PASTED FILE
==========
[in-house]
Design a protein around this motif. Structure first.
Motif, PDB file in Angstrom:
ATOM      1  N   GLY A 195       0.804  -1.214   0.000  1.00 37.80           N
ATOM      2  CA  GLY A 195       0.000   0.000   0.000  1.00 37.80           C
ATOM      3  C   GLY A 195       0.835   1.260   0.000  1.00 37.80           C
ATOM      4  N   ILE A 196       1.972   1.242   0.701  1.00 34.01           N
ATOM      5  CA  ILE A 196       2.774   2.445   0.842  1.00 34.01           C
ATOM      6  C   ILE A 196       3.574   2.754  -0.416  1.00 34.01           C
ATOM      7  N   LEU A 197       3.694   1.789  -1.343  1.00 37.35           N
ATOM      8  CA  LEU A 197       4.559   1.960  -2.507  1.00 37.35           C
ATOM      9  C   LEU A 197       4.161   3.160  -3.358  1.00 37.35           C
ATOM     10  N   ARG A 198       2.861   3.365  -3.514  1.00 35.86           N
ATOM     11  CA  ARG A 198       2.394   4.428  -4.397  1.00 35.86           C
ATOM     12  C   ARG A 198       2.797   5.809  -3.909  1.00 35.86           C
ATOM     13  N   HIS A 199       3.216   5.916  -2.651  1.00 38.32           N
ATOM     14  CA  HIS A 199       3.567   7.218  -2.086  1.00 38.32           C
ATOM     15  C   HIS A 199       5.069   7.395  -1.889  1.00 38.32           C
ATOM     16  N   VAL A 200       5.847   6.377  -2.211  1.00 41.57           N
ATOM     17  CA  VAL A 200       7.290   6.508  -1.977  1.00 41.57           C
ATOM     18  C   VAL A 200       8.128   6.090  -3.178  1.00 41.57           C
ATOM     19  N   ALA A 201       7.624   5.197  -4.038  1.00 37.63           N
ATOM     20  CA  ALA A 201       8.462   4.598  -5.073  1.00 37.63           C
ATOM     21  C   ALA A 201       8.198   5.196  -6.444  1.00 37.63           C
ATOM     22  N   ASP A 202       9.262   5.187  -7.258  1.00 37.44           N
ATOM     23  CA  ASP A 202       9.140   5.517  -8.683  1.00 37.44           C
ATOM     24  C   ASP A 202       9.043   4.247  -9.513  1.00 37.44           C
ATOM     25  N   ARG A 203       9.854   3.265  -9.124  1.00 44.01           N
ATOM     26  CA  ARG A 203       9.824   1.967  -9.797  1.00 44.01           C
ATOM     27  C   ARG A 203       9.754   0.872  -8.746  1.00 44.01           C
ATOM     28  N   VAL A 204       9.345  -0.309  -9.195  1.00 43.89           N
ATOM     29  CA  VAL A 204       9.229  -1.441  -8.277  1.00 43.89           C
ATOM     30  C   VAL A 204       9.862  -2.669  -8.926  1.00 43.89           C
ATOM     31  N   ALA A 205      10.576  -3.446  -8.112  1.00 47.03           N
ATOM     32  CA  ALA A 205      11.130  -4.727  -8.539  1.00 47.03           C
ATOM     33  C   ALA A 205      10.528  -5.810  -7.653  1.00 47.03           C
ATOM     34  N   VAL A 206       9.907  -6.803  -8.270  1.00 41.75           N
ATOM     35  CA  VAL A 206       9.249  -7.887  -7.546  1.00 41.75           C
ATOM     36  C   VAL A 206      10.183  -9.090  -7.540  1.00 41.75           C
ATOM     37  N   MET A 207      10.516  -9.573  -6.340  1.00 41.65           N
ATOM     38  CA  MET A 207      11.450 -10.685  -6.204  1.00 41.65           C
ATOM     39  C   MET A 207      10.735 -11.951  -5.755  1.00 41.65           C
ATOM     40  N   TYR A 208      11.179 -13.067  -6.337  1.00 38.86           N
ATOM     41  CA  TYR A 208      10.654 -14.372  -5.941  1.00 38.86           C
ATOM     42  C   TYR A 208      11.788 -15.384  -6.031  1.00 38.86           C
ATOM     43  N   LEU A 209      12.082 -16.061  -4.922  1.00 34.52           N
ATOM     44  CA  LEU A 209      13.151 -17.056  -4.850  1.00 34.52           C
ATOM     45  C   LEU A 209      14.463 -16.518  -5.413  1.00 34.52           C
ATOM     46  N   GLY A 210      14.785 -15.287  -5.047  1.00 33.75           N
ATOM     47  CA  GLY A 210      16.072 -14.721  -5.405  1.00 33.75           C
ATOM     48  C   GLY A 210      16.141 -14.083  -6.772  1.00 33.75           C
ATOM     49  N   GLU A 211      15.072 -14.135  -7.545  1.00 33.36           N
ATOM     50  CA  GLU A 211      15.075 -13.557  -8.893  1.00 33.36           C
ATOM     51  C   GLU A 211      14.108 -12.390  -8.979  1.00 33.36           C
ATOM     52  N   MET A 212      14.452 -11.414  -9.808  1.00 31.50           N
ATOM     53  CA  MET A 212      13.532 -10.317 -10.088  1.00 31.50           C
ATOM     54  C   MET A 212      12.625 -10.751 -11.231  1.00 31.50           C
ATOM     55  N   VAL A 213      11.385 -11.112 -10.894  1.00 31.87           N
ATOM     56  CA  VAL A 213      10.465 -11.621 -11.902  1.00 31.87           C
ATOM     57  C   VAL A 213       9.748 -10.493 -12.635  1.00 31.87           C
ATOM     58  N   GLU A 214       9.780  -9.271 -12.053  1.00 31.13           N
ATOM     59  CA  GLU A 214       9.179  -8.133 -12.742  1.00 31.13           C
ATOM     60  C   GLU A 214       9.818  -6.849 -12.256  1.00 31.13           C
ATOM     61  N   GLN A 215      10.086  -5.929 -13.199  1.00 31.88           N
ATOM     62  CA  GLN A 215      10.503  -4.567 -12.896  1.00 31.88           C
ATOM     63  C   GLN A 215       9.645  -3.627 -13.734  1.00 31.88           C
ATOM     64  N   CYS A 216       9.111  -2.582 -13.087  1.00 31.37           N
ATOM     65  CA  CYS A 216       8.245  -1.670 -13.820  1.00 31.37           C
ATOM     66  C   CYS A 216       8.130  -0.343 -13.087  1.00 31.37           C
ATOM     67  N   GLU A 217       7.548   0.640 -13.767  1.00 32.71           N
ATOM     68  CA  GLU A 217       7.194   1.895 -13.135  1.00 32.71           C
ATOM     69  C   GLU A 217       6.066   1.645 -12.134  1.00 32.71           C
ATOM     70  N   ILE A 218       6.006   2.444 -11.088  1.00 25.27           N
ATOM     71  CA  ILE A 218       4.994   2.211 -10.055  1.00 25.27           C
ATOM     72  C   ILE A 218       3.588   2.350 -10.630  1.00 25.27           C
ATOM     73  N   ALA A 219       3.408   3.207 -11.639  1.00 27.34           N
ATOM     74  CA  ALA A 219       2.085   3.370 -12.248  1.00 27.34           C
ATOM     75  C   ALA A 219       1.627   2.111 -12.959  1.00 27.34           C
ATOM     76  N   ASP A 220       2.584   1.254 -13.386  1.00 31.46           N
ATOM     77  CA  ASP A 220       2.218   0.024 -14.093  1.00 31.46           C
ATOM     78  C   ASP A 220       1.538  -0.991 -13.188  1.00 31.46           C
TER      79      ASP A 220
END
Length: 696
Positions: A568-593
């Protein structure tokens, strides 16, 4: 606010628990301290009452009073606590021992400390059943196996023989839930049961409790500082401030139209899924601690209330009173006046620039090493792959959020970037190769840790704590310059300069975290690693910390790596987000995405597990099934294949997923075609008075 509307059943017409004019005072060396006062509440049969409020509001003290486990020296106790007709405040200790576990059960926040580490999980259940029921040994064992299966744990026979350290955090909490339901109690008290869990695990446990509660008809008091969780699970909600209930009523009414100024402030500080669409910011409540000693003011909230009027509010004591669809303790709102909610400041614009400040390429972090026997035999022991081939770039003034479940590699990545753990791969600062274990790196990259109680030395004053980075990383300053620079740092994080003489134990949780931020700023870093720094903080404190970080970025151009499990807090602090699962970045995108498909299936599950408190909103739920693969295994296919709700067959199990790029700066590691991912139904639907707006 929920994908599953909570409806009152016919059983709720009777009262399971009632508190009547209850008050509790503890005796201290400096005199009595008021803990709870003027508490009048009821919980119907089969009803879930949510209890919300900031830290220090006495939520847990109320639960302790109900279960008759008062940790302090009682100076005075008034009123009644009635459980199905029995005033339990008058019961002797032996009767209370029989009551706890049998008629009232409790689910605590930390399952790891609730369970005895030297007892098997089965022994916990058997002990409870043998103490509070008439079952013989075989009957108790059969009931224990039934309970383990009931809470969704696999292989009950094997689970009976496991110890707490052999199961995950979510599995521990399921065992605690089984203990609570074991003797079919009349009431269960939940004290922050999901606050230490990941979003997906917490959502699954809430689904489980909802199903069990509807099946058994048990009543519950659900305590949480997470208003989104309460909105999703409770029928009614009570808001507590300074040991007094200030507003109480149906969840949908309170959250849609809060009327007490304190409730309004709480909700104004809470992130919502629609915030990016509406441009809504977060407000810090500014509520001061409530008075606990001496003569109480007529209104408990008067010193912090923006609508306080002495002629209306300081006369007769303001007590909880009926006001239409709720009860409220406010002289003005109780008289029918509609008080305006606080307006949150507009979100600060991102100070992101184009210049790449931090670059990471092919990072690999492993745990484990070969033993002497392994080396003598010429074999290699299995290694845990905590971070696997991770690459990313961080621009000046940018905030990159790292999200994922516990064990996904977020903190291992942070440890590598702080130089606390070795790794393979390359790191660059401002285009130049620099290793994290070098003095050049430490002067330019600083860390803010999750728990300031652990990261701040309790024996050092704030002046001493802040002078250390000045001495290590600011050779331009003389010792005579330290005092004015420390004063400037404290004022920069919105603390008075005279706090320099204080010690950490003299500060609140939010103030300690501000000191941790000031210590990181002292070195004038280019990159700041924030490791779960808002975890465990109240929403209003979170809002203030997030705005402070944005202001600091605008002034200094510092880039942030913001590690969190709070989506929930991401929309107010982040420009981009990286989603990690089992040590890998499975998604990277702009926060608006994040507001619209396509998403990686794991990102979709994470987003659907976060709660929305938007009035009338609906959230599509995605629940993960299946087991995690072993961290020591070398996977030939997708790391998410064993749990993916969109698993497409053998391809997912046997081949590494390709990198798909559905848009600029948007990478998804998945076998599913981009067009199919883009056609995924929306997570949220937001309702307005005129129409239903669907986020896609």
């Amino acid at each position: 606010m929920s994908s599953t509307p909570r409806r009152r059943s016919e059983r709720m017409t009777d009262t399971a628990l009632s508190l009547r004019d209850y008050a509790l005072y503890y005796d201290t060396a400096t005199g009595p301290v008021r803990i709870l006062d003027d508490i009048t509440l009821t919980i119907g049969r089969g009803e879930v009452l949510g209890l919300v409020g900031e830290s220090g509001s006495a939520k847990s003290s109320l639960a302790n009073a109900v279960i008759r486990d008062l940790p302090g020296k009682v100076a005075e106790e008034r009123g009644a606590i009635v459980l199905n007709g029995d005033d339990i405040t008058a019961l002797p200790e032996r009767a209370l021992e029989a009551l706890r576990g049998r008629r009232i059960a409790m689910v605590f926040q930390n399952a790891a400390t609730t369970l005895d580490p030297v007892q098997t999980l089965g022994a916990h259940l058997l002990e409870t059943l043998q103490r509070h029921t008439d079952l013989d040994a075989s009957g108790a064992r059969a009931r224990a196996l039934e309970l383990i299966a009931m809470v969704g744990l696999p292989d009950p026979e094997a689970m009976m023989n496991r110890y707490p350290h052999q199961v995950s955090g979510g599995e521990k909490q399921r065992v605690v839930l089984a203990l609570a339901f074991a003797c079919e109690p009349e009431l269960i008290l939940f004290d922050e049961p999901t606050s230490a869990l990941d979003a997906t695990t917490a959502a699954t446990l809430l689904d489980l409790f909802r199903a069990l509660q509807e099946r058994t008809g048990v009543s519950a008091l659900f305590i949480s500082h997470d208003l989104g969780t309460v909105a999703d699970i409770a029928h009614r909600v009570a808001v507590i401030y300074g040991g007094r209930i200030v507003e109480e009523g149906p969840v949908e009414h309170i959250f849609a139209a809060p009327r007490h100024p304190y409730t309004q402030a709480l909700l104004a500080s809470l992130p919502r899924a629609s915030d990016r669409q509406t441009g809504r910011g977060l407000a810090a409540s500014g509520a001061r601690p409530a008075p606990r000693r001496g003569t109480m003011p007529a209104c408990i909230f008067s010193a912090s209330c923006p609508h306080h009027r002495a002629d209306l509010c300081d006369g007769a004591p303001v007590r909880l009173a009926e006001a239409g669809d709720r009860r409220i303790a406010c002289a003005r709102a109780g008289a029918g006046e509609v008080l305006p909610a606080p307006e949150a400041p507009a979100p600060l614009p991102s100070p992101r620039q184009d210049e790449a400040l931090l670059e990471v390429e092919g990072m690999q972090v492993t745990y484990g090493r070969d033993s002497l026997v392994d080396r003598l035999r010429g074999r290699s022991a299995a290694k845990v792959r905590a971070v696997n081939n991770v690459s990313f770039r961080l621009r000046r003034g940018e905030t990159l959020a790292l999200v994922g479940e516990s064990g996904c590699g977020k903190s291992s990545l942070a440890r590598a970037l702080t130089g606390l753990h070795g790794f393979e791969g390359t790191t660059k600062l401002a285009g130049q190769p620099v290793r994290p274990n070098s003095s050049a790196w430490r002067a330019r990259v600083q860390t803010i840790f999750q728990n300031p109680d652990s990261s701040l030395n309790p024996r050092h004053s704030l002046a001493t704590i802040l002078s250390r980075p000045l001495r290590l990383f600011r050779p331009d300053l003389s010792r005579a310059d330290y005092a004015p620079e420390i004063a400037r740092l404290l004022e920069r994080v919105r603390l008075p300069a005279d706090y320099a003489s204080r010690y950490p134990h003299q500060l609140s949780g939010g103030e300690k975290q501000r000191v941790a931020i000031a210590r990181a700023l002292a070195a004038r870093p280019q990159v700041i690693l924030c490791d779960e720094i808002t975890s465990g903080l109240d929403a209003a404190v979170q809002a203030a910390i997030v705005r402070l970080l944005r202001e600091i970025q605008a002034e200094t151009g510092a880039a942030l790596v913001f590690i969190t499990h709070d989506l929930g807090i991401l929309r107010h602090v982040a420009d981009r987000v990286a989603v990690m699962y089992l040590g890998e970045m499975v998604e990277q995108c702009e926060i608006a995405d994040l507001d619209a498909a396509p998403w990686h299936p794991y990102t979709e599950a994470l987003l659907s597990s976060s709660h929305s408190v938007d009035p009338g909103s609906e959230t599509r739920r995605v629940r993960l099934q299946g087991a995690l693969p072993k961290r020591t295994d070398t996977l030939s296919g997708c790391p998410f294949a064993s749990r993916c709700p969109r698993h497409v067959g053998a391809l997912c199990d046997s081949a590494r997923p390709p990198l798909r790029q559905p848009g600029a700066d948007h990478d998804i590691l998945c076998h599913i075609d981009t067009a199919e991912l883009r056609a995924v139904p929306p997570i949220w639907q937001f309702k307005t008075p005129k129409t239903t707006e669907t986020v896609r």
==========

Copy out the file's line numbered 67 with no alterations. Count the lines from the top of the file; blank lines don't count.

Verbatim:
ATOM     64  N   CYS A 216       9.111  -2.582 -13.087  1.00 31.37           N